Putting Care into Mental Health Care
November 2, 2018
Location: Li Ka Shing Knowledge Institute, 209 Victoria Street, Toronto, Room 240, 241
The contemporary environment of mental healthcare is replete with medical, legal, and social complexities affecting both patients and practitioners. The Centre for Clinical Ethics’ 2018 annual conference will take a close look at these complexities and the relationships between them. Our sessions will confront real-world issues in mental health and wellness relevant to patients, families and healthcare providers, including trauma, patients’ rights under the law, stigma and discrimination, psychiatric care in community settings, and mindfulness.
|8:00 a.m.||Registration and Refreshments|
|8:45 a.m.||Welcome and Opening Remarks|
|9:00 a.m.||Understanding Trauma-Competent Care: Principles and Practice
Anne Wagner, PhD, CPsych
|10:15 a.m.||Healthy workplace: The impact of stigma on people working in health care
Susan Mercer MSW, RSW
|11:30 a.m.||The Problem with “Community”
Kevin Reel BSc(OT), MSc, OT Reg. (Ont.)
|1:30 p.m.||Challenging Issues in Mental Health: A legal perspective on 11 of the challenging questions, myths and common issues that can impact patient care
Katharine Byrick BA(Hon), LLB
Barbara Walker-Renshaw BA, MA, LLB
|2:45 p.m.||Mindfulness Practice for a Healthier, Happier Life
Peter Bieling, PhD
|3:45 p.m.||Closing Remarks|
Anne Wagner, PhD, CPsych, is the founder of Remedy, a mental health innovation centre, and an Adjunct Professor at Ryerson University, Toronto, Ontario. As a researcher, she is focusing on trauma treatment development, currently integrating the use of MDMA with Cognitive Behavioral Conjoint Therapy and Cognitive Processing Therapy for PTSD.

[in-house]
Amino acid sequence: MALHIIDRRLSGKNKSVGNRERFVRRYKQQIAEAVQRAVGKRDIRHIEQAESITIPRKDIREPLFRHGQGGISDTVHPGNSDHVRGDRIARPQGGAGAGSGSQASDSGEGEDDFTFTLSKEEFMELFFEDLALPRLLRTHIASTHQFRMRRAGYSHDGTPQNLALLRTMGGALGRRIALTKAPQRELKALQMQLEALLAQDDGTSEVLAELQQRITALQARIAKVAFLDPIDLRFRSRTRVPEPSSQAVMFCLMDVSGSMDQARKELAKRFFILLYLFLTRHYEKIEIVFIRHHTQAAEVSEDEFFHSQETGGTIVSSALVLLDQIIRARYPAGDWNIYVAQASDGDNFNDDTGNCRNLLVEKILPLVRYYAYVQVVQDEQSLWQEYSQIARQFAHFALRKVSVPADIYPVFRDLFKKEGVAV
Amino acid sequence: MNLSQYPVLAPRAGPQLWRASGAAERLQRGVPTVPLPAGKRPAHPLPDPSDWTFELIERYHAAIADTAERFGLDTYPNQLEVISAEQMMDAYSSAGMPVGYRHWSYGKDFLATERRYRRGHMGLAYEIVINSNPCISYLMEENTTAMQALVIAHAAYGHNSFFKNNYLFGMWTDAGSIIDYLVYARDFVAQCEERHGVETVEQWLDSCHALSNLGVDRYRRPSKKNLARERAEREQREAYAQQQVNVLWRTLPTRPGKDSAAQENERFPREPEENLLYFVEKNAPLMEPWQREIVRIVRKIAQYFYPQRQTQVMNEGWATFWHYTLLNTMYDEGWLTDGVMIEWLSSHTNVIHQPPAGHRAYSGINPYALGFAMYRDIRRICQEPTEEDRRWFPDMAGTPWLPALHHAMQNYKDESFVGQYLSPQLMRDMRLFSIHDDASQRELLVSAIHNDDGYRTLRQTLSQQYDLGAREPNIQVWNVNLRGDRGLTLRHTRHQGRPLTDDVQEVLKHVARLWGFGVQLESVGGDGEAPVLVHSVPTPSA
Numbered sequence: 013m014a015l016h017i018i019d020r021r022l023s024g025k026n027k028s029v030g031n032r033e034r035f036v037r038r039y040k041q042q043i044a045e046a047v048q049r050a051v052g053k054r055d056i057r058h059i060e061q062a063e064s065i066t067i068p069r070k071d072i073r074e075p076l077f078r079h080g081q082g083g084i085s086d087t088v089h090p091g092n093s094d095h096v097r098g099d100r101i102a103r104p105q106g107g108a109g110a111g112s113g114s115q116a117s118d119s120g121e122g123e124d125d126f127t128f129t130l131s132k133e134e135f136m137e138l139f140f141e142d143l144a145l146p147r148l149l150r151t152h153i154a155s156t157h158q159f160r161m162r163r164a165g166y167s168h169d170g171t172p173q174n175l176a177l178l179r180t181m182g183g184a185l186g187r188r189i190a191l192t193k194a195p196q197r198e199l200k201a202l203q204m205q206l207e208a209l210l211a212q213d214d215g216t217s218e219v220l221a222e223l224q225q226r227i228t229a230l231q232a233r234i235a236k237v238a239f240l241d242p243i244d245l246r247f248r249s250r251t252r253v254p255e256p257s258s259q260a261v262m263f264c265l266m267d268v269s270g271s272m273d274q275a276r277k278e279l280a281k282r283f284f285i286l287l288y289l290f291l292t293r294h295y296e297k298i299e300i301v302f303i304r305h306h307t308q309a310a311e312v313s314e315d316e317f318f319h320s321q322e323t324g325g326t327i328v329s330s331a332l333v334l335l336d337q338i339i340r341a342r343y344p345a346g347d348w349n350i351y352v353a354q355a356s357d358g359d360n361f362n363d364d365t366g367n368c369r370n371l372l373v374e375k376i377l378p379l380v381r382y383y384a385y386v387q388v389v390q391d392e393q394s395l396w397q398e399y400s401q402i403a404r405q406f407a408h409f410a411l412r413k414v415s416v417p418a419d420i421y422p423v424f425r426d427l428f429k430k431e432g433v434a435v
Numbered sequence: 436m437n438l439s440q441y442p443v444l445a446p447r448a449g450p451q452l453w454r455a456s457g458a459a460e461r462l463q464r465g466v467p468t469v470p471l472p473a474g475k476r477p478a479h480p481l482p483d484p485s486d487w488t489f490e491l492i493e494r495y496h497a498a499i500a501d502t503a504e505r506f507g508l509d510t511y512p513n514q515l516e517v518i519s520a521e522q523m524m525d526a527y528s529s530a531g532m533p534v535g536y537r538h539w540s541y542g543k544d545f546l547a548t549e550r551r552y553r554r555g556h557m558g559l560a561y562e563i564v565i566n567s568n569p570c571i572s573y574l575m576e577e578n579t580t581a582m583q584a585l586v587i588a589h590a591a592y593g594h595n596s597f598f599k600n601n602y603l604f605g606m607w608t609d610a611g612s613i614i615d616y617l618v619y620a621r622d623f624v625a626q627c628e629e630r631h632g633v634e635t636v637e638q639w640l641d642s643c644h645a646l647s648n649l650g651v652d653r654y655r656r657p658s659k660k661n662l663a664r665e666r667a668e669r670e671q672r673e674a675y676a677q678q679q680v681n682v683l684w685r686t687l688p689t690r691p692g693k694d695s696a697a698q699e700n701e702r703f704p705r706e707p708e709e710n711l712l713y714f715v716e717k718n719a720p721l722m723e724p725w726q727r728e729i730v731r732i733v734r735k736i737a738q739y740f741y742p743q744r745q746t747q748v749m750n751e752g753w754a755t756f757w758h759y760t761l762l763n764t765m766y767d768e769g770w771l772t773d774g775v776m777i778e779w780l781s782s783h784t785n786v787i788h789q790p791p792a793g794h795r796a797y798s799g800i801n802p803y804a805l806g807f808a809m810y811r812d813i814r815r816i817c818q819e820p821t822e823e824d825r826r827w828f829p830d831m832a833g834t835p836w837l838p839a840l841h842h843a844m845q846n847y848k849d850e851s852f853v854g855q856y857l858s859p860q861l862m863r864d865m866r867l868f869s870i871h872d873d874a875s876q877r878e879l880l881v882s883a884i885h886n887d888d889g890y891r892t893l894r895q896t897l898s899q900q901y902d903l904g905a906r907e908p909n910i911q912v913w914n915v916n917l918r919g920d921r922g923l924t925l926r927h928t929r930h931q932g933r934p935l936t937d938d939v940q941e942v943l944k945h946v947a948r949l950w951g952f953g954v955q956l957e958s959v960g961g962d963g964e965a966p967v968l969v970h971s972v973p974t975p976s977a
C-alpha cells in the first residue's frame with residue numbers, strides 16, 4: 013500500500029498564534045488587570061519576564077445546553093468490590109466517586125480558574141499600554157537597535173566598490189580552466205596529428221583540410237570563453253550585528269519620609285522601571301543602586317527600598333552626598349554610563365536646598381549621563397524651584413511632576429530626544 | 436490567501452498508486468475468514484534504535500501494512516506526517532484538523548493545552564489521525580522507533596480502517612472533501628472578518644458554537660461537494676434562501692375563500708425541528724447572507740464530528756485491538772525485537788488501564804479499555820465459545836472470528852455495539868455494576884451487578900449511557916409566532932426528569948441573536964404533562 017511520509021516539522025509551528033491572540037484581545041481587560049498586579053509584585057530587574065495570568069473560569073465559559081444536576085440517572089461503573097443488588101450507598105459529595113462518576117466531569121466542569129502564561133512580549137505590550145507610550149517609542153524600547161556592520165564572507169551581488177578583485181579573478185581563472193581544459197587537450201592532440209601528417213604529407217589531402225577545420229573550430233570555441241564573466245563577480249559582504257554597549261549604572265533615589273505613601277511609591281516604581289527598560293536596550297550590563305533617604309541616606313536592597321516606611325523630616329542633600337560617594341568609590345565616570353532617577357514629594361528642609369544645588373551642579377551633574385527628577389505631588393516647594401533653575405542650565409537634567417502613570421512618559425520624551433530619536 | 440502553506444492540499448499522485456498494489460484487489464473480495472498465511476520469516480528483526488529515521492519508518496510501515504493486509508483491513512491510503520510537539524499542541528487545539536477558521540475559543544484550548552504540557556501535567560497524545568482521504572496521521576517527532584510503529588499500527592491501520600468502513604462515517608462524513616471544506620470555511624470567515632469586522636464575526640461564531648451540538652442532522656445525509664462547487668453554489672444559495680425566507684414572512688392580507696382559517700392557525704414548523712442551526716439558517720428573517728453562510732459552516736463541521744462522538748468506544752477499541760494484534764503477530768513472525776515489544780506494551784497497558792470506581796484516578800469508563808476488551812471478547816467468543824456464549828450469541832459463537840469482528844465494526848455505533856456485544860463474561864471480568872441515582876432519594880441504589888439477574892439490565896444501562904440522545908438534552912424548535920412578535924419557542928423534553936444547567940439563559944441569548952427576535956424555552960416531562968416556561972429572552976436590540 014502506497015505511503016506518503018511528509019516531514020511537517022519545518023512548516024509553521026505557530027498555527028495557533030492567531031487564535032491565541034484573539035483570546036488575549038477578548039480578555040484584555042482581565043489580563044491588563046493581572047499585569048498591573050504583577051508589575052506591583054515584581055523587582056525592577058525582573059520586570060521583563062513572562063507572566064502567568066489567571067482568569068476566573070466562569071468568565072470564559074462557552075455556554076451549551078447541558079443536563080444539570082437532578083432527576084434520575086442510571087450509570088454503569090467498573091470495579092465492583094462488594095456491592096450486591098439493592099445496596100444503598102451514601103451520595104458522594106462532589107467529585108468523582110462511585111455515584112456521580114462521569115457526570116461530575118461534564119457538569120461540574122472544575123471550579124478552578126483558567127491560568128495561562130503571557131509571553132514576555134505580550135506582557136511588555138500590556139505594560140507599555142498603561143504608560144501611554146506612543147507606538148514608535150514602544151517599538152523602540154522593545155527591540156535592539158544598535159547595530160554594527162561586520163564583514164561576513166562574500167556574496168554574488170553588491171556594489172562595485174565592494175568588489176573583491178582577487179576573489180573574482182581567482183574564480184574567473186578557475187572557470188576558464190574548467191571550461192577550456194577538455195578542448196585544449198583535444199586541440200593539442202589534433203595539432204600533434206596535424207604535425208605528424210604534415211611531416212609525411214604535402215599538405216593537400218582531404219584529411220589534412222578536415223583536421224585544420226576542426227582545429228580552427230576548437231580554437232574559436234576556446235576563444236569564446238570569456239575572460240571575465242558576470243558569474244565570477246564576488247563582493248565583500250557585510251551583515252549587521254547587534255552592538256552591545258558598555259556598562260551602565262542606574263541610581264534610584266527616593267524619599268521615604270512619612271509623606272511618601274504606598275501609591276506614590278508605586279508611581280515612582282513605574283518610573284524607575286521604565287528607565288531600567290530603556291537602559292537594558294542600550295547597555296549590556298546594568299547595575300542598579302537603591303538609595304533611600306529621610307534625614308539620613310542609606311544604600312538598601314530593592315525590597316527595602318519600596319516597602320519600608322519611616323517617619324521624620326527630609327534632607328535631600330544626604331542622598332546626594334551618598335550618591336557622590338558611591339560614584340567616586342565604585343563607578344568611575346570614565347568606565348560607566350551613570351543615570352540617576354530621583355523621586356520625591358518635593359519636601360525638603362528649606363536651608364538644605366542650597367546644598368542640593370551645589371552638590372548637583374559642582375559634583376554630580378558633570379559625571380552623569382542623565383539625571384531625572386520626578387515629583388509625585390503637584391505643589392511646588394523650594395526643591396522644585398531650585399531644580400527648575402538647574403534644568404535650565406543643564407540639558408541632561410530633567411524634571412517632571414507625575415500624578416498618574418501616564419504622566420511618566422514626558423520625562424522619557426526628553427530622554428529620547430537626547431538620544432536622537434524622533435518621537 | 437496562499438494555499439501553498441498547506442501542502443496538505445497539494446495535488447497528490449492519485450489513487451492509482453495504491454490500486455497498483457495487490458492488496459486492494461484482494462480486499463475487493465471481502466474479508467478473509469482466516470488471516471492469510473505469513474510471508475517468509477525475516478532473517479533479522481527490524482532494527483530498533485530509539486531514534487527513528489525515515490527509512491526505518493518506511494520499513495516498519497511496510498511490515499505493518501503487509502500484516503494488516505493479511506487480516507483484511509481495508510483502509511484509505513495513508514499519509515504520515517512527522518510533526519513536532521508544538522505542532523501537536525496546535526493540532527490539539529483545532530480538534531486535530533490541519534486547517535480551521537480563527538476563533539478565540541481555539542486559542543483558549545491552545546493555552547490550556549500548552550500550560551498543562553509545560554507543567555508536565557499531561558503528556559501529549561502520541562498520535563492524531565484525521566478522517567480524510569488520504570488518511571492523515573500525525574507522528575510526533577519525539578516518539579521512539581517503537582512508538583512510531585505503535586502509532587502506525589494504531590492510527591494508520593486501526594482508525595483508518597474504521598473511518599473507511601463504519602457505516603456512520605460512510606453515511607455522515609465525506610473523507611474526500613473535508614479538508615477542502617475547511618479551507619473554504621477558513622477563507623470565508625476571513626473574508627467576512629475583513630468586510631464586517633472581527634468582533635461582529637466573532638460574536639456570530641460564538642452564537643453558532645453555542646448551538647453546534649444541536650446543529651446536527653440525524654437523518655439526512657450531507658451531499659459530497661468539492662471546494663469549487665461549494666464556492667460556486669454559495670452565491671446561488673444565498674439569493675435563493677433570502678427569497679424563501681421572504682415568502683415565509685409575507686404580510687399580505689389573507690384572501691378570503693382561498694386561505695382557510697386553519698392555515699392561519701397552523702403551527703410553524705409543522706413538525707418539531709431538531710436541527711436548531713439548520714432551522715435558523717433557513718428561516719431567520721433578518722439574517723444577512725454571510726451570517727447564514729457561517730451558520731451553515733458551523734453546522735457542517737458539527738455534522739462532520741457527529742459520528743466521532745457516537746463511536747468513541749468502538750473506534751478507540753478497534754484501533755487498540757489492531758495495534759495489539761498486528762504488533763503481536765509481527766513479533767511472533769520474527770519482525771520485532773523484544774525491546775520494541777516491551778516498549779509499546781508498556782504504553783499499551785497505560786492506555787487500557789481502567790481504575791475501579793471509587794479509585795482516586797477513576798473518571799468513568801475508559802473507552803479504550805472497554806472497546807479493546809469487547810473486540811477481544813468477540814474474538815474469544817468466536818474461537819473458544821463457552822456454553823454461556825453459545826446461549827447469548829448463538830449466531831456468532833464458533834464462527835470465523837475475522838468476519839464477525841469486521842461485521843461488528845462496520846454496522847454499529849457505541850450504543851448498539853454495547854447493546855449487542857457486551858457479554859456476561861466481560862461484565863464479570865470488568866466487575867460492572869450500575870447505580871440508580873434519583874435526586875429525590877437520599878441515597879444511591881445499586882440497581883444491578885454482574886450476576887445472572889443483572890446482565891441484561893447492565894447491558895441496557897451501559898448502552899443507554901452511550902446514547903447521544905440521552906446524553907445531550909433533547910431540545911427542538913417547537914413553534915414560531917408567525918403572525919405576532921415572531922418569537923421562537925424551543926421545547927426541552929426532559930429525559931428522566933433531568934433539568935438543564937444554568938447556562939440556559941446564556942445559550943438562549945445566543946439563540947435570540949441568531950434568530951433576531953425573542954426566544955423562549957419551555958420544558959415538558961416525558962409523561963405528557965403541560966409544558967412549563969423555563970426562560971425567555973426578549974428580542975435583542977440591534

Understanding Trauma-competent Care: Principles and Practice
Trauma is extremely common, with over 75% of Canadians experiencing a traumatic event in their lifetime. Despite trauma’s ubiquity in human experience, understanding what it is, what it can create, and how to work with it effectively is often unknown or overwhelming for individuals involved in mental health care. The concept of trauma-competent care creates a common starting point of understanding in order to work with clients, patients and peers effectively around trauma. This presentation will describe what trauma is and the outcomes that can occur following traumatic event(s). Principles of trauma-informed care will be introduced, and skills to work with trauma disclosure will be practiced.
Susan Mercer, MSW, RSW, started her career with The Mental Health Commission of Canada in 2012. The focus of her work with MHCC is to develop, support and work with various projects across Canada.
Healthy Workplace: The impact of stigma on people working in health care
Discussion on some of the research that Opening Minds – MHCC is doing in the area of supporting people who work in health care. Susan will discuss some of the programs available and offer some tips for increasing resiliency in the workplace.
Kevin Reel, BSc(OT), MSc, OT Reg. (Ont.), Kevin studied occupational therapy in the past in Toronto. He then worked, lived and studied in the UK for many years, and got his MSc in Medical Ethics. He has worked as a practicing healthcare ethicist in community hospitals, CAMH and presently with the Toronto Central LHIN.
Lucy Costa is Deputy Executive Director of The Empowerment Council, an independent service user rights-based organization in Toronto. She works as a community activist and advocate promoting the rights of mental health service users/survivors as well as encouraging critical analysis about service user inclusion in the mental heatlh sector.
The Problem with “Community”
Community is a ubiquitous term circulating in all domains of mental health and addiction service delivery. We often discuss discharging clients to community, community interventions, community supports, etc. Do conceptualizations of “community” produce what they are meant to do, do they provide relief and reprieve for a whole range of ethical dilemmas and tensions the system aims to resolve? This presentation will explore and take up these questions from the perspective of ethics and service user standpoint.